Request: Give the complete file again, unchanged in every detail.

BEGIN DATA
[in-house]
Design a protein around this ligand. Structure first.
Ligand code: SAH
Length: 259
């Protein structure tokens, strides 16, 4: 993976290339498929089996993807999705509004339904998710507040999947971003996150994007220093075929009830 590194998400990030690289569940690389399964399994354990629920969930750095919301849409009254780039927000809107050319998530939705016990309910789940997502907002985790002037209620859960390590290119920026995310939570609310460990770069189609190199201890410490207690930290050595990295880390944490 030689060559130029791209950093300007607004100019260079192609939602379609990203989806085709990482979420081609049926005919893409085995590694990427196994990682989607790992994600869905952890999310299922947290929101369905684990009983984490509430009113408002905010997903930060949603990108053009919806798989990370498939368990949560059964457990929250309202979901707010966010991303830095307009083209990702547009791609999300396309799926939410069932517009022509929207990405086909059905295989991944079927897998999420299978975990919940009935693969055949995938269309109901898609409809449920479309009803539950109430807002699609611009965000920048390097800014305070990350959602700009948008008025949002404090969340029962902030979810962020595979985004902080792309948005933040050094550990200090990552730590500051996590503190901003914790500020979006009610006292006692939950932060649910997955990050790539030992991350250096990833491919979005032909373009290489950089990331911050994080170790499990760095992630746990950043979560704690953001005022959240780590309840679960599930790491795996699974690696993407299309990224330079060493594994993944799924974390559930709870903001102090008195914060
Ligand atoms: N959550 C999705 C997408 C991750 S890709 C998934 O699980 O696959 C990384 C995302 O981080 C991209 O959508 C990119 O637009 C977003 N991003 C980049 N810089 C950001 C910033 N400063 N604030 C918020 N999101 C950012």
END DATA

[in-house]
Design a protein around this ligand. Structure first.
Ligand code: SAH
Length: 259
């Protein structure tokens, strides 16, 4: 993976290339498929089996993807999705509004339904998710507040999947971003996150994007220093075929009830 590194998400990030690289569940690389399964399994354990629920969930750095919301849409009254780039927000809107050319998530939705016990309910789940997502907002985790002037209620859960390590290119920026995310939570609310460990770069189609190199201890410490207690930290050595990295880390944490 030689060559130029791209950093300007607004100019260079192609939602379609990203989806085709990482979420081609049926005919893409085995590694990427196994990682989607790992994600869905952890999310299922947290929101369905684990009983984490509430009113408002905010997903930060949603990108053009919806798989990370498939368990949560059964457990929250309202979901707010966010991303830095307009083209990702547009791609999300396309799926939410069932517009022509929207990405086909059905295989991944079927897998999420299978975990919940009935693969055949995938269309109901898609409809449920479309009803539950109430807002699609611009965000920048390097800014305070990350959602700009948008008025949002404090969340029962902030979810962020595979985004902080792309948005933040050094550990200090990552730590500051996590503190901003914790500020979006009610006292006692939950932060649910997955990050790539030992991350250096990833491919979005032909373009290489950089990331911050994080170790499990760095992630746990950043979560704690953001005022959240780590309840679960599930790491795996699974690696993407299309990224330079060493594994993944799924974390559930709870903001102090008195914060
Ligand atoms: N959550 C999705 C997408 C991750 S890709 C998934 O699980 O696959 C990384 C995302 O981080 C991209 O959508 C990119 O637009 C977003 N991003 C980049 N810089 C950001 C910033 N400063 N604030 C918020 N999101 C950012």